Born at Thrussington in Leicestershire, the son of a wheelwright, John Ferneley was first apprenticed to his father's trade. His artistic talent was soon recognised by the Duke of Rutland, who admired some of his pictures which adorned a cart on which his father was working. In 1803, at the instigation of the Duke of Rutland, Ferneley was sent to London to study with the successful sporting painter Benjamin Marshall; he also enrolled at the Royal Academy Schools and exhibited at the Royal Academy from 1806 to 1853.
From 1804, John Ferneley travelled extensively around England, visiting Dover (to paint the Leicestershire militia), Norfolk and Lincoln. In 1808 he went to Ireland, where he returned annually between 1810 and 1812, painting many pictures for the Irish gentry.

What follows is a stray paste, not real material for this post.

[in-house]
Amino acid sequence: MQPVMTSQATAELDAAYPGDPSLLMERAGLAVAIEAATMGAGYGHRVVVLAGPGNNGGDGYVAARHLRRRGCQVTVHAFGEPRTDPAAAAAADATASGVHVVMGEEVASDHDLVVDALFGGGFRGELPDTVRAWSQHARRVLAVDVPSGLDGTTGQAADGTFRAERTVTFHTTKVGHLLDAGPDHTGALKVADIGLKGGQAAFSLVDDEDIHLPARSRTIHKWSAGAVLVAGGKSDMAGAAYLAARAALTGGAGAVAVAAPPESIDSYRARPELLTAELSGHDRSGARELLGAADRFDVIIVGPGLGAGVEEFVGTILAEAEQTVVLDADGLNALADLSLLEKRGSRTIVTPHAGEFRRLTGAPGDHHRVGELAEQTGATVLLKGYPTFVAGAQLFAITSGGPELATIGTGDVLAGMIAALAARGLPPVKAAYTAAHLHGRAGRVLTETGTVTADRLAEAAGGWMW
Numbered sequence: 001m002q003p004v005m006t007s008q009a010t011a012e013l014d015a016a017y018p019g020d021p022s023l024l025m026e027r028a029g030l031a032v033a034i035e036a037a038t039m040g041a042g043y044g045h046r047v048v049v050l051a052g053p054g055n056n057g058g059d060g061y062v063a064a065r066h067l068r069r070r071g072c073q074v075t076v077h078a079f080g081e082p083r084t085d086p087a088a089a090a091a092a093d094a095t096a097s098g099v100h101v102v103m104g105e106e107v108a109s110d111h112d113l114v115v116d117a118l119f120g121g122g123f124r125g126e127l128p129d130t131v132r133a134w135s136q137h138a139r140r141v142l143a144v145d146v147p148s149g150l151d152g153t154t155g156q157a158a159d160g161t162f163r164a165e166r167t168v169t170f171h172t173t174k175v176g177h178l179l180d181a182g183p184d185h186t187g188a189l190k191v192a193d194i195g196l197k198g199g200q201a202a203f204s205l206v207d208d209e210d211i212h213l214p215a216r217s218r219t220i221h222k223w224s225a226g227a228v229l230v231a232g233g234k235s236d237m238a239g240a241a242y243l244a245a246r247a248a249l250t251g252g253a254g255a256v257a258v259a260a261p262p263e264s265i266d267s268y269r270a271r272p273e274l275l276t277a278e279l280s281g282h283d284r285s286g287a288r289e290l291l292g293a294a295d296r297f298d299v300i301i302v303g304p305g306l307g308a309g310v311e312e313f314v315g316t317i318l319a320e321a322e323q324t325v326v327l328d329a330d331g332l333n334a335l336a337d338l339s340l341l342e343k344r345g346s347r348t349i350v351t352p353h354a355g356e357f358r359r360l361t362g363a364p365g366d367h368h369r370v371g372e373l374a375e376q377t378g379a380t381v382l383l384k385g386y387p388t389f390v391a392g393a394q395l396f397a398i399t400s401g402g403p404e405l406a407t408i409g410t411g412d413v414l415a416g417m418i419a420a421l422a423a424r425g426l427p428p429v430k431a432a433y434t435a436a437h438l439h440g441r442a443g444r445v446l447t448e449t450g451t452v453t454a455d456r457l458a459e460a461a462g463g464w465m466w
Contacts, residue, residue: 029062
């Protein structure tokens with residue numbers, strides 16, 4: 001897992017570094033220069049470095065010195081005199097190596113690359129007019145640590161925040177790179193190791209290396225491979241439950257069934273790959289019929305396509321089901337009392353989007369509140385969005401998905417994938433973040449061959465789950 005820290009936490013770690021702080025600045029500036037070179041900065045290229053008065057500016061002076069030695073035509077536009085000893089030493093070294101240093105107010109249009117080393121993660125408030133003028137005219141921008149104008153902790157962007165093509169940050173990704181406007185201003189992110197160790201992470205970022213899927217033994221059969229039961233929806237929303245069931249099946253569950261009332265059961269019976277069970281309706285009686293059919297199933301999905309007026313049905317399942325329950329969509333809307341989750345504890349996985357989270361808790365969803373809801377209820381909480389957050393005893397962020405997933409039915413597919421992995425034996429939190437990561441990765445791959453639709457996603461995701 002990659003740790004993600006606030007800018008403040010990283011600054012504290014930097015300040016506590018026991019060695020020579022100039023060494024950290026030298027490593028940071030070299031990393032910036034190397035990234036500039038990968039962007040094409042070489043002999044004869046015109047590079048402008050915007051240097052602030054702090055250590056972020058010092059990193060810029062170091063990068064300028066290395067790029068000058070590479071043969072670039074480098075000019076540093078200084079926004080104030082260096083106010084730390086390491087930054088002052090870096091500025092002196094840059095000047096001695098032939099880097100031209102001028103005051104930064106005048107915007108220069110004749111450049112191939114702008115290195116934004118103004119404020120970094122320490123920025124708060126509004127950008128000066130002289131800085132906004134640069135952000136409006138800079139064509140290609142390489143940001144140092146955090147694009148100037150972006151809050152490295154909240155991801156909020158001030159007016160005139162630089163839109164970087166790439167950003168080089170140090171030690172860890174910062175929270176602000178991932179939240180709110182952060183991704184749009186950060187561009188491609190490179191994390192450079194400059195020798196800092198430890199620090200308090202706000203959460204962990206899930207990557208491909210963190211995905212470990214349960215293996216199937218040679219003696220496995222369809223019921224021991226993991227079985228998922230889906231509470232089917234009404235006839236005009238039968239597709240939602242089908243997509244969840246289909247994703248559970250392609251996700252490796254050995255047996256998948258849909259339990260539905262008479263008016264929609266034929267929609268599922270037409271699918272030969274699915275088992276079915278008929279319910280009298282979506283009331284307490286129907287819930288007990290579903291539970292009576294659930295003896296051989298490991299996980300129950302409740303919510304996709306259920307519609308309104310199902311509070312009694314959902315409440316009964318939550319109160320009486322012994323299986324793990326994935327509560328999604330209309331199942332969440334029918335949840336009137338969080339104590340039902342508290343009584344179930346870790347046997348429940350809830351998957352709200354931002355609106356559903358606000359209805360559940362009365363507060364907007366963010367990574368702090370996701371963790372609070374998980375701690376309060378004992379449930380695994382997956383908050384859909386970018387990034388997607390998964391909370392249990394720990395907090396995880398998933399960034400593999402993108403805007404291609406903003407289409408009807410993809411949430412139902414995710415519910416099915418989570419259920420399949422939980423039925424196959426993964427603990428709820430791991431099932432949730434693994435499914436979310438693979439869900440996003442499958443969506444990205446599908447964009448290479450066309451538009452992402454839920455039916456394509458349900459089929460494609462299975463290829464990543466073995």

Ferneley spent the rest of his life at Melton Mowbray in Leicestershire, where he built a studio and house named Elgin Lodge. His reputation earned him the patronage and friendship of many Meltonians and members of the aristocracy. Ferneley was patronised by some of the most fashionable figures of the day, including Beau Brummel and Count d'Orsay.